3. What was the inspiration behind the stories in your novel book, Two for the Heart?

Both stories in the book, ironically, have roots in TV.

Because my parents migrated to the States from India and I grew up here, I’ve lived my whole life balancing two different cultures. The older I’ve gotten the more I’ve come to understand the subtleties of both, the beauty of both, and the hypocrisies of both. Often, just as a mental exercise, I’ll compare and contrast a variety of situations between the “American” way of doing something versus the “Indian” way.

One day I was watching a show on one of the Hindi-language channels we receive via satellite, and it struck me that even in the twenty-first century and the age of modernity some of the
storylines exhibit the most archaic philosophies. Women stand up for themselves and make decisions for their lives, and then the scene will switch and those same women will defer to the men only because they’re men. I don’t necessarily consider myself a feminist, but I am appalled at times at the way some people differentiate between men and women.

This whole idea of the modern and the orthodox gave me the seed for the first story in the book, called “The Proposal”. In it Pooja and Akshay, both of Indian heritage, allow their parents to pressure them into getting married—the orthodoxy—but neither of them want to do it. Akshay has a solution because of a timeline constraint in his life, and they go to a lawyer to get their divorce papers all ready. They just have to sign the papers when the time is right—the mark of the modern age.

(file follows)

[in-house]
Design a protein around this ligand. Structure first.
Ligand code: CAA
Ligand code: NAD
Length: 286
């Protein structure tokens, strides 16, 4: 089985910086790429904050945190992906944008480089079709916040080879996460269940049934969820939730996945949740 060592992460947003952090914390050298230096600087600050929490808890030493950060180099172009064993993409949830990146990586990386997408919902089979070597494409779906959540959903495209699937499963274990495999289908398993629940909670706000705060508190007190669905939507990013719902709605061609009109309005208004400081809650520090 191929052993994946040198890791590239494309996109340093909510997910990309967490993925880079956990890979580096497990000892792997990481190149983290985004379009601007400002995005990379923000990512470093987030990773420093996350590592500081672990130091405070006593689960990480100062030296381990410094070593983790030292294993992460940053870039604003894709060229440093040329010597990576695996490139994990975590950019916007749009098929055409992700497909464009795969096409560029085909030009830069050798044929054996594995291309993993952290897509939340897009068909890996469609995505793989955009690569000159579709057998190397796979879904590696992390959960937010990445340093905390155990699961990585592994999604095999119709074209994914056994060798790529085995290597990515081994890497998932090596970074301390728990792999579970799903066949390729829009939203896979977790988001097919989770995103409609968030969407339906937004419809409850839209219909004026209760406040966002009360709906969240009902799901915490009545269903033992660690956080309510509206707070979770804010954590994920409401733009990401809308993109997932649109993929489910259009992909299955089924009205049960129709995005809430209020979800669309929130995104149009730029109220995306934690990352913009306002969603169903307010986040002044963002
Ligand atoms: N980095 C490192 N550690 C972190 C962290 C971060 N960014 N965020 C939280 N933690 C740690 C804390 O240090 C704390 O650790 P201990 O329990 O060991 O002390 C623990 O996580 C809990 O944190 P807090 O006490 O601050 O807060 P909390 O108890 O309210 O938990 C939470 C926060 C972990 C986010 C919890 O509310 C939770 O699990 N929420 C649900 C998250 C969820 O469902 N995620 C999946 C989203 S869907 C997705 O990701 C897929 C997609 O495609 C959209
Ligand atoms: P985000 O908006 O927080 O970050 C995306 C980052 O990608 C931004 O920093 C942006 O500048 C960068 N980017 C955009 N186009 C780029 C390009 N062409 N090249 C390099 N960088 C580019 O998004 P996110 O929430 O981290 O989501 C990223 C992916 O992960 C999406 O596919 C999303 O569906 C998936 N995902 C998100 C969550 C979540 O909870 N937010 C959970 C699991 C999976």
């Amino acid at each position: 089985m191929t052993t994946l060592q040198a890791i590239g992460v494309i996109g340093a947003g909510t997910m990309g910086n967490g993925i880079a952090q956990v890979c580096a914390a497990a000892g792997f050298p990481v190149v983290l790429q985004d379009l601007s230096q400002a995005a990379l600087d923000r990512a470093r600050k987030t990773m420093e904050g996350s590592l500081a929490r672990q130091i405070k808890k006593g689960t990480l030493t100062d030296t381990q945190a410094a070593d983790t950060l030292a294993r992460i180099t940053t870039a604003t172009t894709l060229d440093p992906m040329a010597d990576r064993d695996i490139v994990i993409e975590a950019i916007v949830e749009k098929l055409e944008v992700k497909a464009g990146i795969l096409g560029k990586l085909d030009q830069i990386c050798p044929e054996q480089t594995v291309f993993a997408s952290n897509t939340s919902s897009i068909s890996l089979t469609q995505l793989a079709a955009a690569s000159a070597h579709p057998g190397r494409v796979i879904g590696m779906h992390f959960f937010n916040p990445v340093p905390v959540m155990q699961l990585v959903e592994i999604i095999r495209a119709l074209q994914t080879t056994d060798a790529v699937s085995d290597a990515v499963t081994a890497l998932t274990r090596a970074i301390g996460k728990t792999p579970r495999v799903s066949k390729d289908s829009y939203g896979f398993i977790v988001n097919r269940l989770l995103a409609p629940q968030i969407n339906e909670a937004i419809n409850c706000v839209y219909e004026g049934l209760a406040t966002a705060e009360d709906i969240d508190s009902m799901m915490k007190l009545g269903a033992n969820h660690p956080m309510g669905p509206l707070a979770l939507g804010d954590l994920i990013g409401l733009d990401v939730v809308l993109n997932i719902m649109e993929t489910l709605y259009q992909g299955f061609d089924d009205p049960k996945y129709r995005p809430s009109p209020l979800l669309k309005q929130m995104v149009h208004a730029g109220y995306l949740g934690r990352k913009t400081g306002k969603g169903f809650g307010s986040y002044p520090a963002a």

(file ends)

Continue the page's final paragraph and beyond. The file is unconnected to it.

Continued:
The beginnings of the second story, “Remembrance”, came to me after I watched a rerun of a 1980s sitcom. A character in the show declares that he’s going to bury a time capsule in the backyard, and after 25 years he’s going to dig it up and share with his wife some mementos of their early years together. The idea of the time capsule fascinated me, and while “Remembrance” doesn’t have an actual time capsule it does touch on a container of sorts—the memory.

Two sisters reunite because one of them loses her memory for a short period of time. The information is there in her brain somewhere, but it becomes sealed from her for a while because of a traumatic event. When she’s able to access it again, that information has a dramatic impact on the sibling relationship.

4. You wrote a follow-up titled More for the Heart. Will it feature any of the same characters as its predecessor?